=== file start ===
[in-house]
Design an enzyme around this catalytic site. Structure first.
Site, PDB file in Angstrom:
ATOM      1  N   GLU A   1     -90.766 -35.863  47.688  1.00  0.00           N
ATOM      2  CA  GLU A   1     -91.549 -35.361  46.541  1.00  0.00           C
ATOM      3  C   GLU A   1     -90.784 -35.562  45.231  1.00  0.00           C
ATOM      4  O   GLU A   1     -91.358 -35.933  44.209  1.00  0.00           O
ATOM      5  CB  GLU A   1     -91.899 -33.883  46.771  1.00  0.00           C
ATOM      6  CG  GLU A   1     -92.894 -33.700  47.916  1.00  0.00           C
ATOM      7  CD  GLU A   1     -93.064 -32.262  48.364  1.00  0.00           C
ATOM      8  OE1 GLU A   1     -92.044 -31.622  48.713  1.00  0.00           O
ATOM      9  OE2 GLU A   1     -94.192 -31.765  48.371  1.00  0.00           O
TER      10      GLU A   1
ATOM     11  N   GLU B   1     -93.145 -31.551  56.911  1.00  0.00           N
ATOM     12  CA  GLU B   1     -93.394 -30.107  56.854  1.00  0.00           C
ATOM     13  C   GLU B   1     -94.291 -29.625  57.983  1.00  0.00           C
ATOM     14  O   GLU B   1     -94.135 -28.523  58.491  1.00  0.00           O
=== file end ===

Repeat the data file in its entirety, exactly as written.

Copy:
[in-house]
Design an enzyme around this catalytic site. Structure first.
Site, PDB file in Angstrom:
ATOM      1  N   GLU A   1     -90.766 -35.863  47.688  1.00  0.00           N
ATOM      2  CA  GLU A   1     -91.549 -35.361  46.541  1.00  0.00           C
ATOM      3  C   GLU A   1     -90.784 -35.562  45.231  1.00  0.00           C
ATOM      4  O   GLU A   1     -91.358 -35.933  44.209  1.00  0.00           O
ATOM      5  CB  GLU A   1     -91.899 -33.883  46.771  1.00  0.00           C
ATOM      6  CG  GLU A   1     -92.894 -33.700  47.916  1.00  0.00           C
ATOM      7  CD  GLU A   1     -93.064 -32.262  48.364  1.00  0.00           C
ATOM      8  OE1 GLU A   1     -92.044 -31.622  48.713  1.00  0.00           O
ATOM      9  OE2 GLU A   1     -94.192 -31.765  48.371  1.00  0.00           O
TER      10      GLU A   1
ATOM     11  N   GLU B   1     -93.145 -31.551  56.911  1.00  0.00           N
ATOM     12  CA  GLU B   1     -93.394 -30.107  56.854  1.00  0.00           C
ATOM     13  C   GLU B   1     -94.291 -29.625  57.983  1.00  0.00           C
ATOM     14  O   GLU B   1     -94.135 -28.523  58.491  1.00  0.00           O